Awareness – Two

Meyer Friedman was born in 1910. He graduated with a medical degree from John Hopkins in 1935. He and Dr. Ray Rosenman formed a clinical practice with a specialty in cardiology.

The waiting room in the clinic had chairs that needed to be reupholstered. When Dr. Friedman looked closer at the chairs, he discovered that the chairs had unusual wear on the front of the seats and on the armrests. That was unusual since the wear was normally on the back of the seats.

The chairs increased an awareness of patient behavior. Dr. Friedman noticed that their coronary patients would often sit on the front edge of the chair and would often rise from their chairs due to their impatience. Dr.’s Friedman and Rosenman hypothesized that the patient’s behavior was a contributor to their heart condition.

After a number of studies, Dr.’s Friedman and Rosenman developed the concept of Type A behavior and its impact on heart health.

As is the case of many medical innovations, the concept of Type A (and Type B) behavior was initially viewed with skepticism by the medical community. But it was accepted by popular culture.

What Dr. Rosenman did was practice something that is often in rare supply in our society today. That is the practice of awareness. All of us have had the experience of suddenly seeing something for the first time that we should have been aware of much earlier.

Why is that? Often we are blinded by familiarity. That was probably the case of the chairs in the clinic. It wasn’t until they needed to be reupholstered that the chairs were seen as a medical clue.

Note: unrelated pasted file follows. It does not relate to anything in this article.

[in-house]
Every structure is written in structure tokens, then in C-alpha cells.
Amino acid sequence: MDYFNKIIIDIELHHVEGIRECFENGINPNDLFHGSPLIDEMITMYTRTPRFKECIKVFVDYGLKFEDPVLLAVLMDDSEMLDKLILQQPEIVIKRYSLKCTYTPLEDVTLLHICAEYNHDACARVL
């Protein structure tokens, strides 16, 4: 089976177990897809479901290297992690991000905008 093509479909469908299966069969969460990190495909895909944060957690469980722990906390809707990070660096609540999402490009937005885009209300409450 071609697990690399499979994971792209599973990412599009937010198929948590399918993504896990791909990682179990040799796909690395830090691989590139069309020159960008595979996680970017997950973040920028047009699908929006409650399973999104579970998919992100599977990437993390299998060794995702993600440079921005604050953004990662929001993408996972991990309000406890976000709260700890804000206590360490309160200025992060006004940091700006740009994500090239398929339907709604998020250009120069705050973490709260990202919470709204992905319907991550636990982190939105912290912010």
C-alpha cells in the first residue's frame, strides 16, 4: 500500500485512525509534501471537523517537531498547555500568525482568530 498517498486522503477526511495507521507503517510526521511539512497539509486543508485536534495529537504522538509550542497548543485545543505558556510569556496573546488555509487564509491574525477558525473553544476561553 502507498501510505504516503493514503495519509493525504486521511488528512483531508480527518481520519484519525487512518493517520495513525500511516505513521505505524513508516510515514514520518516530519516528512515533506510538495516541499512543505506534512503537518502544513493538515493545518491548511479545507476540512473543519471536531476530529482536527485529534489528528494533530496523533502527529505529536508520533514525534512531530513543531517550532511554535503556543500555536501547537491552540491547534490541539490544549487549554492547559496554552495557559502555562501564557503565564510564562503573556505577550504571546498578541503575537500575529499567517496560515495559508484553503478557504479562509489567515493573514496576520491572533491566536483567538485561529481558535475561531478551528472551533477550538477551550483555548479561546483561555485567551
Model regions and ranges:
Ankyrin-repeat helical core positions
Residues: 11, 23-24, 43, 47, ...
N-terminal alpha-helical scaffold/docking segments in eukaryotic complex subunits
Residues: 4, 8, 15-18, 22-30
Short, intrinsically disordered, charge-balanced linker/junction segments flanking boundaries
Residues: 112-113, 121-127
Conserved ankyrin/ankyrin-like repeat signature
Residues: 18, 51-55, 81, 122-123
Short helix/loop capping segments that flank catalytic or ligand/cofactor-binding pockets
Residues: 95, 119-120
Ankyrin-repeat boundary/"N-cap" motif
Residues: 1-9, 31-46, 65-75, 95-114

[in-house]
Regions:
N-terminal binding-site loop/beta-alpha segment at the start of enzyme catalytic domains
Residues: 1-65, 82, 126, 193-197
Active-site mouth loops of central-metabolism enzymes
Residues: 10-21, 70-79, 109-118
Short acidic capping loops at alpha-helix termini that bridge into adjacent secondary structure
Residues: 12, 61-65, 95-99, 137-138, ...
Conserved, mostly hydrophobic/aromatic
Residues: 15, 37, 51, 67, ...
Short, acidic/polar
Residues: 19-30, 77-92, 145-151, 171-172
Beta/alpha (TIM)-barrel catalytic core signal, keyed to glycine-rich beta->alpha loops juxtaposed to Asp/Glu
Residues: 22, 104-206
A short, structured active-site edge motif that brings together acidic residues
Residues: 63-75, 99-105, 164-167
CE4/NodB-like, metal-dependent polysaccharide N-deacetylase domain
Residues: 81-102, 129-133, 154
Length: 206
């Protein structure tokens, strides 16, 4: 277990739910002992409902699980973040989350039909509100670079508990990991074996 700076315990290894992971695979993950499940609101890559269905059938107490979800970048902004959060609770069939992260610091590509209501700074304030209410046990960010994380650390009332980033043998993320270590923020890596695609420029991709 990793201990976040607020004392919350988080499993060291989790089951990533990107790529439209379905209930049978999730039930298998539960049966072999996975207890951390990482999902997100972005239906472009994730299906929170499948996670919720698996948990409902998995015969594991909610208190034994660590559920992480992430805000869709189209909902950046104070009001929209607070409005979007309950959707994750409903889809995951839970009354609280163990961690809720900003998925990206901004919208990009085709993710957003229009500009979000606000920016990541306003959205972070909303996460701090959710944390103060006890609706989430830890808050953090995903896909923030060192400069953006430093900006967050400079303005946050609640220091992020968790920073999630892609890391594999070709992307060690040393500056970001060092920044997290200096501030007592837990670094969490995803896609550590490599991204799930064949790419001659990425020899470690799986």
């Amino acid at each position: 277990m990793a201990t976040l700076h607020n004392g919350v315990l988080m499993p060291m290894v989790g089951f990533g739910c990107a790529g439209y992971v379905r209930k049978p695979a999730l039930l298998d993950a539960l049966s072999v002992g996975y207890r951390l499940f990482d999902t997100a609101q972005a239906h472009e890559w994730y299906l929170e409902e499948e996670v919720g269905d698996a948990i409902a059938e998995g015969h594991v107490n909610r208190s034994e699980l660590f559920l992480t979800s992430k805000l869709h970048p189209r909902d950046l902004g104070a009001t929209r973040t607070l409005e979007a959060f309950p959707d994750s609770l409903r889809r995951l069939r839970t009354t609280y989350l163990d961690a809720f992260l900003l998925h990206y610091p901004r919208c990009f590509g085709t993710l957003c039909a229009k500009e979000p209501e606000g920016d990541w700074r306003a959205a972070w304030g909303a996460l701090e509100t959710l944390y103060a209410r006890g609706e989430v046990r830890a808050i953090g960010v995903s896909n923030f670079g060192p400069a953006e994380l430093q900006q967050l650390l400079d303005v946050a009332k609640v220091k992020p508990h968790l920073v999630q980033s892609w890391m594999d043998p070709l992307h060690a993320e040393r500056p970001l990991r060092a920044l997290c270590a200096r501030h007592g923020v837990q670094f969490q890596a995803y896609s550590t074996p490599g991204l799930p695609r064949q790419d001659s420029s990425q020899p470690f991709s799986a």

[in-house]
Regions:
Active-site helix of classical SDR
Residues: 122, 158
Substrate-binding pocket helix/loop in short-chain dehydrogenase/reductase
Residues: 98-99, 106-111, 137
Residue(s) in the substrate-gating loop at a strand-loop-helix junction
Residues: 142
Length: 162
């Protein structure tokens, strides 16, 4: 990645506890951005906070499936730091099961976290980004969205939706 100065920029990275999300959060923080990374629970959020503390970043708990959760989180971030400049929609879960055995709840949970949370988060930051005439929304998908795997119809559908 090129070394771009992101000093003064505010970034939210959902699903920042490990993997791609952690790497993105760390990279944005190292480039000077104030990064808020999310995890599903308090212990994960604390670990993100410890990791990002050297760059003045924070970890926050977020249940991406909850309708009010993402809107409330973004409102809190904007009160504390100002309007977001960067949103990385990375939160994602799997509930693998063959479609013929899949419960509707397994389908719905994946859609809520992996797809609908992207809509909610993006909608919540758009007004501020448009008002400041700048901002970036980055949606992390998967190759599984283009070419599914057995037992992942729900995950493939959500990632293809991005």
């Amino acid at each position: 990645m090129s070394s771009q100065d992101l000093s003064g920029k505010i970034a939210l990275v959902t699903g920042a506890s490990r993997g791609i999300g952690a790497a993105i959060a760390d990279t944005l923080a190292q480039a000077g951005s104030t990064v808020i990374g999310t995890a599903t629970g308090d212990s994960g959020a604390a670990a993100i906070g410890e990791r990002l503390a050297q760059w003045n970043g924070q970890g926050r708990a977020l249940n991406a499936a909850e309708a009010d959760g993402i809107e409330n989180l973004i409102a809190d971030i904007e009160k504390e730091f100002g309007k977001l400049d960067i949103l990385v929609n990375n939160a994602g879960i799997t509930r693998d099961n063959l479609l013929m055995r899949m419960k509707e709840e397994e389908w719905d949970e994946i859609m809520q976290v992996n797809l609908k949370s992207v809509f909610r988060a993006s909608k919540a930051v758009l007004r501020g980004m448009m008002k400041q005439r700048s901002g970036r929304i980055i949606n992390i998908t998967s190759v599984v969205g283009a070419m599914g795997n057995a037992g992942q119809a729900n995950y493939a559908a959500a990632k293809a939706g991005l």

There are other times when we don’t want awareness to create doubt in our minds. Often we only read or listen to points of view that support what we think. We are building an awareness shield.

Then there is the familiar excuse of “I’m too busy.” This awareness excuse is one of an awareness band-aids. Rather than stepping back and alerting our awareness, we are comfortable with band-aid solutions.

Finally, we fail to practice awareness when we mute our senses. We fail to pick up on the clues our brain is delivering to us through our senses.

How do you overcome these awareness failures? One way is to select one thing each day you want to focus on. Capture the thing in your subconscious mind and let your mind lead the way. You will find that this unconscious focus will open up your awareness to new insights.

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“Awareness allows us to get outside of our mind and observe it in action.” – Dan Brule (author)

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